Some Finding New Jobs Despite Being Laid Off

By Donald Sears  |  Posted 2009-08-06 Print this article Print

While the continued news on layoffs in 2009 has been grim, a recent report sheds some light on people actually finding work.

The latest report from job site Careerbuilder says many who had lost their jobs in the last three months have found new employment.

From the study:

According to a new survey by CareerBuilder completed in June, 48 percent of workers who were laid off from full-time jobs in the last three months have found new full-time positions; up from 41 percent in March. An additional three percent found part-time positions; down from 8 percent in the previous survey. The CareerBuilder survey was conducted among 921 workers who were laid off from full-time jobs within the last 12 months.

The study also looked a few other key factors, notably, salaries. It found that 56 percent of those polled got comparable or higher salaries, though 44 percent took pay cuts--a fairly large number that cannot be ignored.

"Despite a challenging job market, workers have been able to find employment opportunities in a variety of fields," said Brent Rasmussen, president of CareerBuilder North America, in a statement. "Even though the number of workers who took part-time positions is tracking below last quarter, the number who found full-time jobs is notably higher. This is a positive indication that more workers who were laid off from full-time jobs were able to replace them with new full-time positions instead of taking part-time work as an interim measure to generate income. Part of this job search success is related to workers expanding career options to new industries and locations."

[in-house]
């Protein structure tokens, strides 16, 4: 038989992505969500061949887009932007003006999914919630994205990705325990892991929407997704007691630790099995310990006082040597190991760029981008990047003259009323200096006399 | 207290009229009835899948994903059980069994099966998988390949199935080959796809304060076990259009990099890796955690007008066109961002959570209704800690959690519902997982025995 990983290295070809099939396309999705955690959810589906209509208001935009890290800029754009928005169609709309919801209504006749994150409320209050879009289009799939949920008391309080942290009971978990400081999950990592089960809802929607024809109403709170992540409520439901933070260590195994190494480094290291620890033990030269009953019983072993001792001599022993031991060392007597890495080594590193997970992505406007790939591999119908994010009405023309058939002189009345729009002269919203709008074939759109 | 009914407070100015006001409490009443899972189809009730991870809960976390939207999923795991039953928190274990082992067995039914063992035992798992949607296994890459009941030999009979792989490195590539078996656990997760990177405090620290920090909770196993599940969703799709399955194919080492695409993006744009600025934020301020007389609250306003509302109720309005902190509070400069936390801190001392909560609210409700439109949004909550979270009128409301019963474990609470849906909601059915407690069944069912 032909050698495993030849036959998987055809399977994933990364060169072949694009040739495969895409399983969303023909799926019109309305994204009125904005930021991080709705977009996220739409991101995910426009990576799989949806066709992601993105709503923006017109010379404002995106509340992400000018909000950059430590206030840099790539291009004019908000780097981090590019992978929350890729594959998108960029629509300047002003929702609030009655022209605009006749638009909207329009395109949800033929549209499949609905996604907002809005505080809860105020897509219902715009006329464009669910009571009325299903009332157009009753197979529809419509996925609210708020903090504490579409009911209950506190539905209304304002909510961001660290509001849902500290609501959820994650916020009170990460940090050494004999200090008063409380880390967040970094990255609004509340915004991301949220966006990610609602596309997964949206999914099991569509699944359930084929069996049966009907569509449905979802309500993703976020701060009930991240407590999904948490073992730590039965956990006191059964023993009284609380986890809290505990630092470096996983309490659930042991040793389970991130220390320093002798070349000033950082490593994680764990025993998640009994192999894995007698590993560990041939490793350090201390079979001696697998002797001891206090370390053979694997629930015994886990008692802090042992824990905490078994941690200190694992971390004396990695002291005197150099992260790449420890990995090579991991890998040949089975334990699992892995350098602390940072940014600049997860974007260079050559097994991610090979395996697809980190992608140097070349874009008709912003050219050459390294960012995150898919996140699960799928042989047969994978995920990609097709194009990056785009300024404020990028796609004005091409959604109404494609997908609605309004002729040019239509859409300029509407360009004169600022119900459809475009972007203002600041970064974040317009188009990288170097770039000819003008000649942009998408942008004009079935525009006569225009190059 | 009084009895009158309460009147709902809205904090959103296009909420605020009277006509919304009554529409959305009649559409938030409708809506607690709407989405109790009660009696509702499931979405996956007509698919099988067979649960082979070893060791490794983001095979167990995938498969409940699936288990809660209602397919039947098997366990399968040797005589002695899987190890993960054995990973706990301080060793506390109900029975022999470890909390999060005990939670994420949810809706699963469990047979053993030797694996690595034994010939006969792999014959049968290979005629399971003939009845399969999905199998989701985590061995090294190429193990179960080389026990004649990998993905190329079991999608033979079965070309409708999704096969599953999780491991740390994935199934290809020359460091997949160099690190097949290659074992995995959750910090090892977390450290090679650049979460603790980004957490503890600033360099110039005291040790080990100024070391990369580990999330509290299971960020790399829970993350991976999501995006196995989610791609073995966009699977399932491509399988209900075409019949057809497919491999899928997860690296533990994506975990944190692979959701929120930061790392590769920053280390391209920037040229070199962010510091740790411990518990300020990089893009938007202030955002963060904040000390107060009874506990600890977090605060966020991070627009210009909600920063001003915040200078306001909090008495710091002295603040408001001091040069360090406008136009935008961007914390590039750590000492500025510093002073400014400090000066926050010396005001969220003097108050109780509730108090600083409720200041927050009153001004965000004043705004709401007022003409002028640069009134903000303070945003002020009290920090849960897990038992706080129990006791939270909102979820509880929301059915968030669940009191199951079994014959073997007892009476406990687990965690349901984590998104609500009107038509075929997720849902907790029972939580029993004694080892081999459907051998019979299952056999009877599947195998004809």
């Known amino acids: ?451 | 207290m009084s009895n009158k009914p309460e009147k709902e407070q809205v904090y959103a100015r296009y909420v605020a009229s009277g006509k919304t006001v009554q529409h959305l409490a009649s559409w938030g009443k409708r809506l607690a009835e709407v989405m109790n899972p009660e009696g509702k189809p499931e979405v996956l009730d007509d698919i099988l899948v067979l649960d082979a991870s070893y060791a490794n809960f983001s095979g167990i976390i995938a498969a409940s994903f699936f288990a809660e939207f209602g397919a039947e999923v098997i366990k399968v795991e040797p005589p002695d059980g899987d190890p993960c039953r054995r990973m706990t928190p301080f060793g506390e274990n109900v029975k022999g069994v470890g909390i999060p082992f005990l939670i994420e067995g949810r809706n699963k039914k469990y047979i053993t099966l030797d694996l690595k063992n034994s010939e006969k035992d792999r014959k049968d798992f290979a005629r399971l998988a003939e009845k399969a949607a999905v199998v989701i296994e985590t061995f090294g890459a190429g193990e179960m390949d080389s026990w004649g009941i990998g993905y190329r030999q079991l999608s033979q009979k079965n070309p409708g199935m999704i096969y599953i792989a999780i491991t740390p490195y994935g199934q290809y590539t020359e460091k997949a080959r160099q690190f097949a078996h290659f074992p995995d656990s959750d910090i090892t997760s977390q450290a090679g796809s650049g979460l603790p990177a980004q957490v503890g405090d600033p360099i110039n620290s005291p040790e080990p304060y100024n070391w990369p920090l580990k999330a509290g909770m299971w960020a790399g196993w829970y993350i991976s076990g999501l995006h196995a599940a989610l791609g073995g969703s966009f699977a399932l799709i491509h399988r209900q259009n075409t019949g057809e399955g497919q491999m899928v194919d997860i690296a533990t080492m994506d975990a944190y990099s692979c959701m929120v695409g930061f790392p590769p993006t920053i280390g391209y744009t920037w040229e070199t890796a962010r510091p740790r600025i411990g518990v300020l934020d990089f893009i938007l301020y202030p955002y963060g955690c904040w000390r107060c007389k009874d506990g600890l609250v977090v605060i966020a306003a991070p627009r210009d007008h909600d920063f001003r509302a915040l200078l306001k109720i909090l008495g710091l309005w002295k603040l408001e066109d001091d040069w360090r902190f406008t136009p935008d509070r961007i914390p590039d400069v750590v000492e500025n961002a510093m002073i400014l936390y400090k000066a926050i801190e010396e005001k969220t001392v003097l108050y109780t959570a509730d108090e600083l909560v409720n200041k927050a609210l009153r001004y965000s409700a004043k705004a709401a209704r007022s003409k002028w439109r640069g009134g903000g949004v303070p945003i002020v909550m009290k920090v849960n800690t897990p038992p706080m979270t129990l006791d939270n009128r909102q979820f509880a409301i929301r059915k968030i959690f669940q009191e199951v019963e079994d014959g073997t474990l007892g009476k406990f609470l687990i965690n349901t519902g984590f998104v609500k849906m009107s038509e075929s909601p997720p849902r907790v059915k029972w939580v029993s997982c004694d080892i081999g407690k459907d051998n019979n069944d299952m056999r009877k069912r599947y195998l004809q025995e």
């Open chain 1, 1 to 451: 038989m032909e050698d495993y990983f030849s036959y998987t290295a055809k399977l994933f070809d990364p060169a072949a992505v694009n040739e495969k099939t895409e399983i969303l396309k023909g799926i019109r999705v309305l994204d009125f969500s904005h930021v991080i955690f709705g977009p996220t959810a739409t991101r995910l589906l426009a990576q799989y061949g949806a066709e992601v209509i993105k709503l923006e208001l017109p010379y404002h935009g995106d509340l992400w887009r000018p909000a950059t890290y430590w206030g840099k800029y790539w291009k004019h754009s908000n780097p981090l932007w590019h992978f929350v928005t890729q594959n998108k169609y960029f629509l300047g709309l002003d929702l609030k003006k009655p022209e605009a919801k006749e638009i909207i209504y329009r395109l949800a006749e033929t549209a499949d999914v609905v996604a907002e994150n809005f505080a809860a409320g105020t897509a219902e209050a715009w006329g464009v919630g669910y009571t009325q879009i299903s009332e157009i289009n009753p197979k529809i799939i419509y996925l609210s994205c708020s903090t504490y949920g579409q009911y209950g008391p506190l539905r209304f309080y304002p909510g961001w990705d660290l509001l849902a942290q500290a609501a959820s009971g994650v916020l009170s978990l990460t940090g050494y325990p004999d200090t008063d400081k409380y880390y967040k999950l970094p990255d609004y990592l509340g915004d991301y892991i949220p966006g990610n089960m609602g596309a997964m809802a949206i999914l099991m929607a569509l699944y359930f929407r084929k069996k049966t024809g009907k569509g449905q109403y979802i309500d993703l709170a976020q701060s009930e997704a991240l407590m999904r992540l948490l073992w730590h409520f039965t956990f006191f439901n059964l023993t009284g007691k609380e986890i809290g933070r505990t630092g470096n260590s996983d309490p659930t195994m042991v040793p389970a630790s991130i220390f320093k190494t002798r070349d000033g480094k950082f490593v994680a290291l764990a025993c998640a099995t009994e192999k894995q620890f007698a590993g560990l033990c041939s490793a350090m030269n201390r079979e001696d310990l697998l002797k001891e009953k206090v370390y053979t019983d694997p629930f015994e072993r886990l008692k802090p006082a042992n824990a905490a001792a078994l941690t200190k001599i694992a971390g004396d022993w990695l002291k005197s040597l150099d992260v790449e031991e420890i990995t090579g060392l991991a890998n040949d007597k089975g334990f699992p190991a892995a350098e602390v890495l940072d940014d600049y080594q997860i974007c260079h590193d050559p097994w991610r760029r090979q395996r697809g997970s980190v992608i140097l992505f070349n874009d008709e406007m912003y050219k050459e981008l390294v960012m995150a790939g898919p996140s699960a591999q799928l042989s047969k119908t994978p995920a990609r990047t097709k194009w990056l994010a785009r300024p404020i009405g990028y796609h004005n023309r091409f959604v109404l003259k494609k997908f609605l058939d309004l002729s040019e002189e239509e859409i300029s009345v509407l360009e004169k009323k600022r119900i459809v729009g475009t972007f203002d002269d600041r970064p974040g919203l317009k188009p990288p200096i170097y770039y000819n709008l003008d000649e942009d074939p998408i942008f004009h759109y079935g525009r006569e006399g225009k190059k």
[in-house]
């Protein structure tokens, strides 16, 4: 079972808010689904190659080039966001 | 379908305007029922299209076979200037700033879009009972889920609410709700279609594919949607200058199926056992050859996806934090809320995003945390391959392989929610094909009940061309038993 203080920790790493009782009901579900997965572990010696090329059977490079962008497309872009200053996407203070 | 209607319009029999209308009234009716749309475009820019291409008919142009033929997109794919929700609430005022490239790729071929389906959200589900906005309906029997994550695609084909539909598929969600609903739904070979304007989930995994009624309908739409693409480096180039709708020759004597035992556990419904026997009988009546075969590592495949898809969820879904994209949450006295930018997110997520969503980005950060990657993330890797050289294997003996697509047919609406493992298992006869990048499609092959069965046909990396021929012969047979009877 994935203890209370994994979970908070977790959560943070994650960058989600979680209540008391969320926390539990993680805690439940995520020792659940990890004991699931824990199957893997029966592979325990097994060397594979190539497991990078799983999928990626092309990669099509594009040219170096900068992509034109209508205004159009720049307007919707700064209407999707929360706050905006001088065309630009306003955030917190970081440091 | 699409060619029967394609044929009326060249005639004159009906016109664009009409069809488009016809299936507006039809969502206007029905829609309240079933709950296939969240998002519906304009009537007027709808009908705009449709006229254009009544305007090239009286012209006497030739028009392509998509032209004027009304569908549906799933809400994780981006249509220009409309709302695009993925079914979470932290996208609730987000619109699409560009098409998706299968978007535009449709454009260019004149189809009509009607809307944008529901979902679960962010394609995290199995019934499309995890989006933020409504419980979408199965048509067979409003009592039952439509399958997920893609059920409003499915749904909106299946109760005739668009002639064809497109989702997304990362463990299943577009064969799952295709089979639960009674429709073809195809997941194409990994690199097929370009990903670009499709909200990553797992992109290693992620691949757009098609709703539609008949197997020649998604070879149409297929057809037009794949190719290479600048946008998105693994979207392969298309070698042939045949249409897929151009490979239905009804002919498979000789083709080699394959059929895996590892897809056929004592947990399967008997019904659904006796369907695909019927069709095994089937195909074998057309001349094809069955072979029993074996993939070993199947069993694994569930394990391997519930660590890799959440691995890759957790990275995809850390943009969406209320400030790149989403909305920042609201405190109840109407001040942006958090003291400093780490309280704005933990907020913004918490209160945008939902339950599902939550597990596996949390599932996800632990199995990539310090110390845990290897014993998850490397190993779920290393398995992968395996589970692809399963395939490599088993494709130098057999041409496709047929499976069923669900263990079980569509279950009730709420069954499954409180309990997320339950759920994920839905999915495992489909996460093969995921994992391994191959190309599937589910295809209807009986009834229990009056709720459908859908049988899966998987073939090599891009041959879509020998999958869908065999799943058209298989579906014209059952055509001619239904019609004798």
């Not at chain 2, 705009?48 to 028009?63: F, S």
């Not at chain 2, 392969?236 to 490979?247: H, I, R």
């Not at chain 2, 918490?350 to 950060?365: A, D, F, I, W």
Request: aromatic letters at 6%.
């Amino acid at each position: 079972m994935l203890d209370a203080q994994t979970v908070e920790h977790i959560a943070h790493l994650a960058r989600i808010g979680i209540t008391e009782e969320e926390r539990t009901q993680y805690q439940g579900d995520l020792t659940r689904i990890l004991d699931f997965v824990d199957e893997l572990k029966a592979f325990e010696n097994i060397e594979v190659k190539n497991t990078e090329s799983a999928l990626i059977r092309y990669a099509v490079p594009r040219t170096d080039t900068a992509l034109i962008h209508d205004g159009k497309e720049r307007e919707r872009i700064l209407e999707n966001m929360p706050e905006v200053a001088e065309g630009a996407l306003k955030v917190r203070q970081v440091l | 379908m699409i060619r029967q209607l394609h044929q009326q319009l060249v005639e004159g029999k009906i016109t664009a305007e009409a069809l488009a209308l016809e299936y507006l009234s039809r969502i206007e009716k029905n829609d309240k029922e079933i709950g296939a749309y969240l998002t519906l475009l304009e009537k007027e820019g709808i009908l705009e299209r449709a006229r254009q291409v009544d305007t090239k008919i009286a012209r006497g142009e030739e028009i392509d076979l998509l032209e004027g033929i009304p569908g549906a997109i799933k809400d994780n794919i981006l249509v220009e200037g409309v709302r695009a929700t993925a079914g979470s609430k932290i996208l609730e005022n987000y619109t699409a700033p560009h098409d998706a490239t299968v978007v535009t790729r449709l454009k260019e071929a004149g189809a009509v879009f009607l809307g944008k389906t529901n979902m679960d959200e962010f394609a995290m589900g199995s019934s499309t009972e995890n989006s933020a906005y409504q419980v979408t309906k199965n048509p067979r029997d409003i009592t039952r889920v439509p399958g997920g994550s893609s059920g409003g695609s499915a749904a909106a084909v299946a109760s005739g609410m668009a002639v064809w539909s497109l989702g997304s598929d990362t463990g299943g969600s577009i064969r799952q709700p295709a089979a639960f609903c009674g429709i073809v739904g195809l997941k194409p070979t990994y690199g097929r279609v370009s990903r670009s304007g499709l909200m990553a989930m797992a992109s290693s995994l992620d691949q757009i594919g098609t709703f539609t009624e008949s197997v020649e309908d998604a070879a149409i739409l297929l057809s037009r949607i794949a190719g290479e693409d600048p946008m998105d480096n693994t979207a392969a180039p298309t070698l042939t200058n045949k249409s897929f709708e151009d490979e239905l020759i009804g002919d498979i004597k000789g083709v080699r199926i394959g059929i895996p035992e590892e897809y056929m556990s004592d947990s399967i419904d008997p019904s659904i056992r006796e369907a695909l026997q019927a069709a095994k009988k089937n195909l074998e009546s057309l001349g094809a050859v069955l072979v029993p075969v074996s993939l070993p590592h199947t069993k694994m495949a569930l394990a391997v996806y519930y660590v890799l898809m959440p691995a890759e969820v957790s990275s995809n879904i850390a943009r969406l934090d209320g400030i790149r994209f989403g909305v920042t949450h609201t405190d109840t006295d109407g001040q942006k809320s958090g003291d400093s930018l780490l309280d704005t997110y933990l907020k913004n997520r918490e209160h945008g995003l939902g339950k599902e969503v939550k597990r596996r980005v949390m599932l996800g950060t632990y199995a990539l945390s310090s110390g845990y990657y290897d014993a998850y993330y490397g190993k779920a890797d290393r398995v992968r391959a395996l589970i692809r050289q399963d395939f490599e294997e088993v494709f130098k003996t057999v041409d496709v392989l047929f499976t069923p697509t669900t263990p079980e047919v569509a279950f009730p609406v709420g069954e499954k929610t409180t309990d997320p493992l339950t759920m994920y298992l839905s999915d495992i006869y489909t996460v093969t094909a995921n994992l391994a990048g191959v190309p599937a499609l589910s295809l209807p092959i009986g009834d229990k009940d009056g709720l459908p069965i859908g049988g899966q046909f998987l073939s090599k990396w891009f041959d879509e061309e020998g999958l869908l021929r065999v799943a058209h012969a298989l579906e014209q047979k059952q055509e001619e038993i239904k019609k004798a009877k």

A blog about the study goes on to talk about to what lengths people are going to change their appearance for employment's sake. From the blog:

The competition for a smaller number of jobs is driving some workers to alter their everyday appearances in hopes of making a stronger impression. More than a quarter (28 percent) of workers who were laid off in the last 12 months said they have changed their appearance to make themselves more attractive to potential employers. Fourteen percent said they have lost weight, 8 percent have changed their hair color or hairstyle and 5 percent are dressing to appear younger. Teeth whitening, enhanced makeup and cosmetic procedures were also cited.

The study also cites that one in five people are relocating to new cities. |

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